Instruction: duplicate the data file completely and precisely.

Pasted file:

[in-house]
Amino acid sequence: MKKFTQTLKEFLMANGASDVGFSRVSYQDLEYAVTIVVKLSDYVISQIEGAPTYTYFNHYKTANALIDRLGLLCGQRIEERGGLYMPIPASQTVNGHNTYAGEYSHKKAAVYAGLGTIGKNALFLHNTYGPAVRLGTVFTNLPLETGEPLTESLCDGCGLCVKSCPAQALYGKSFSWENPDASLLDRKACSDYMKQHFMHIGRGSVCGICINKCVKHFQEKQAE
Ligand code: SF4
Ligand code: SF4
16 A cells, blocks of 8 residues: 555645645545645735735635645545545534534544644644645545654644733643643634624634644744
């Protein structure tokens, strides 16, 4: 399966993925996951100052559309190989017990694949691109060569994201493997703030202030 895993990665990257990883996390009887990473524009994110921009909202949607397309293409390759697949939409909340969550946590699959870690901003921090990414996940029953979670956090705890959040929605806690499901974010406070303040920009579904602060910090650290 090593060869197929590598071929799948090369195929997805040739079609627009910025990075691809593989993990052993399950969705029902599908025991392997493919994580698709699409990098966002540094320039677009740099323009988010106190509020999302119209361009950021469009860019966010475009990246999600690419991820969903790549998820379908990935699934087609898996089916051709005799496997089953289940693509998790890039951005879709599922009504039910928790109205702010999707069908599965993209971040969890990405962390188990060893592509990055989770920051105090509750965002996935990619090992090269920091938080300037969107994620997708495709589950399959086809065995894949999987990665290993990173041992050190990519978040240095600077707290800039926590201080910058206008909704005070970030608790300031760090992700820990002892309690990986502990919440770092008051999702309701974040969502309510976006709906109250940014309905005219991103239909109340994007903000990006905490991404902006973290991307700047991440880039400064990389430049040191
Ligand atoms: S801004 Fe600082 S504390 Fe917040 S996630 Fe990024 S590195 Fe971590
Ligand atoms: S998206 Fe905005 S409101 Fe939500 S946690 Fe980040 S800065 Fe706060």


[in-house]
Amino acid sequence: MKKFTQTLKEFLMANGASDVGFSRVSYQDLEYAVTIVVKLSDYVISQIEGAPTYTYFNHYKTANALIDRLGLLCGQRIEERGGLYMPIPASQTVNGHNTYAGEYSHKKAAVYAGLGTIGKNALFLHNTYGPAVRLGTVFTNLPLETGEPLTESLCDGCGLCVKSCPAQALYGKSFSWENPDASLLDRKACSDYMKQHFMHIGRGSVCGICINKCVKHFQEKQAE
Ligand code: SF4
Ligand code: SF4
16 A cells, blocks of 8 residues: 555645645545645735735635645545545534534544644644645545654644733643643634624634644744
């Protein structure tokens, strides 16, 4: 399966993925996951100052559309190989017990694949691109060569994201493997703030202030 895993990665990257990883996390009887990473524009994110921009909202949607397309293409390759697949939409909340969550946590699959870690901003921090990414996940029953979670956090705890959040929605806690499901974010406070303040920009579904602060910090650290 090593060869197929590598071929799948090369195929997805040739079609627009910025990075691809593989993990052993399950969705029902599908025991392997493919994580698709699409990098966002540094320039677009740099323009988010106190509020999302119209361009950021469009860019966010475009990246999600690419991820969903790549998820379908990935699934087609898996089916051709005799496997089953289940693509998790890039951005879709599922009504039910928790109205702010999707069908599965993209971040969890990405962390188990060893592509990055989770920051105090509750965002996935990619090992090269920091938080300037969107994620997708495709589950399959086809065995894949999987990665290993990173041992050190990519978040240095600077707290800039926590201080910058206008909704005070970030608790300031760090992700820990002892309690990986502990919440770092008051999702309701974040969502309510976006709906109250940014309905005219991103239909109340994007903000990006905490991404902006973290991307700047991440880039400064990389430049040191
Ligand atoms: S801004 Fe600082 S504390 Fe917040 S996630 Fe990024 S590195 Fe971590
Ligand atoms: S998206 Fe905005 S409101 Fe939500 S946690 Fe980040 S800065 Fe706060």